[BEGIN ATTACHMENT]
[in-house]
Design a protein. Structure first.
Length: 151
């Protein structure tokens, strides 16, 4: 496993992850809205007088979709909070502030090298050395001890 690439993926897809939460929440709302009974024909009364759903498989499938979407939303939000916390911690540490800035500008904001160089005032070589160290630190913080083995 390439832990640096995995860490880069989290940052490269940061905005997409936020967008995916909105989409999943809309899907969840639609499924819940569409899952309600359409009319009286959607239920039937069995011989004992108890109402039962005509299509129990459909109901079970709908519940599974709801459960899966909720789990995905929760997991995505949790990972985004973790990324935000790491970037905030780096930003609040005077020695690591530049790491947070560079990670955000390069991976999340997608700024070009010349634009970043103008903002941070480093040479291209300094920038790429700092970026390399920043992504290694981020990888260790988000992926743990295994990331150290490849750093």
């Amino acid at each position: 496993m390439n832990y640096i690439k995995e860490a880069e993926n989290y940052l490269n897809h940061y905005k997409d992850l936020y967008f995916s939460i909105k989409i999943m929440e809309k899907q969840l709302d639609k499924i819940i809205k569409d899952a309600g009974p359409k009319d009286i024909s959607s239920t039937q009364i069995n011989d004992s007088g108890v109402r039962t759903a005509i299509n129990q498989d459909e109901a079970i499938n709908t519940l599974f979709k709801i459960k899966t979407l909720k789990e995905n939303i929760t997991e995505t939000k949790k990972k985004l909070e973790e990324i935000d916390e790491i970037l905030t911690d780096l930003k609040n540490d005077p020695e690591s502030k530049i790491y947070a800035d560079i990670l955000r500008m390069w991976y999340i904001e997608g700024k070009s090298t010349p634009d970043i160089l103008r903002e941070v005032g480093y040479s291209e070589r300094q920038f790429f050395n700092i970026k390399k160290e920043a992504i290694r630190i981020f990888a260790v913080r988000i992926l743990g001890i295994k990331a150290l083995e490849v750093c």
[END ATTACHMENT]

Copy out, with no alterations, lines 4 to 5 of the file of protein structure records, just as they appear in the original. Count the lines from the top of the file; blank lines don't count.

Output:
């Protein structure tokens, strides 16, 4: 496993992850809205007088979709909070502030090298050395001890 690439993926897809939460929440709302009974024909009364759903498989499938979407939303939000916390911690540490800035500008904001160089005032070589160290630190913080083995 390439832990640096995995860490880069989290940052490269940061905005997409936020967008995916909105989409999943809309899907969840639609499924819940569409899952309600359409009319009286959607239920039937069995011989004992108890109402039962005509299509129990459909109901079970709908519940599974709801459960899966909720789990995905929760997991995505949790990972985004973790990324935000790491970037905030780096930003609040005077020695690591530049790491947070560079990670955000390069991976999340997608700024070009010349634009970043103008903002941070480093040479291209300094920038790429700092970026390399920043992504290694981020990888260790988000992926743990295994990331150290490849750093």
């Amino acid at each position: 496993m390439n832990y640096i690439k995995e860490a880069e993926n989290y940052l490269n897809h940061y905005k997409d992850l936020y967008f995916s939460i909105k989409i999943m929440e809309k899907q969840l709302d639609k499924i819940i809205k569409d899952a309600g009974p359409k009319d009286i024909s959607s239920t039937q009364i069995n011989d004992s007088g108890v109402r039962t759903a005509i299509n129990q498989d459909e109901a079970i499938n709908t519940l599974f979709k709801i459960k899966t979407l909720k789990e995905n939303i929760t997991e995505t939000k949790k990972k985004l909070e973790e990324i935000d916390e790491i970037l905030t911690d780096l930003k609040n540490d005077p020695e690591s502030k530049i790491y947070a800035d560079i990670l955000r500008m390069w991976y999340i904001e997608g700024k070009s090298t010349p634009d970043i160089l103008r903002e941070v005032g480093y040479s291209e070589r300094q920038f790429f050395n700092i970026k390399k160290e920043a992504i290694r630190i981020f990888a260790v913080r988000i992926l743990g001890i295994k990331a150290l083995e490849v750093c």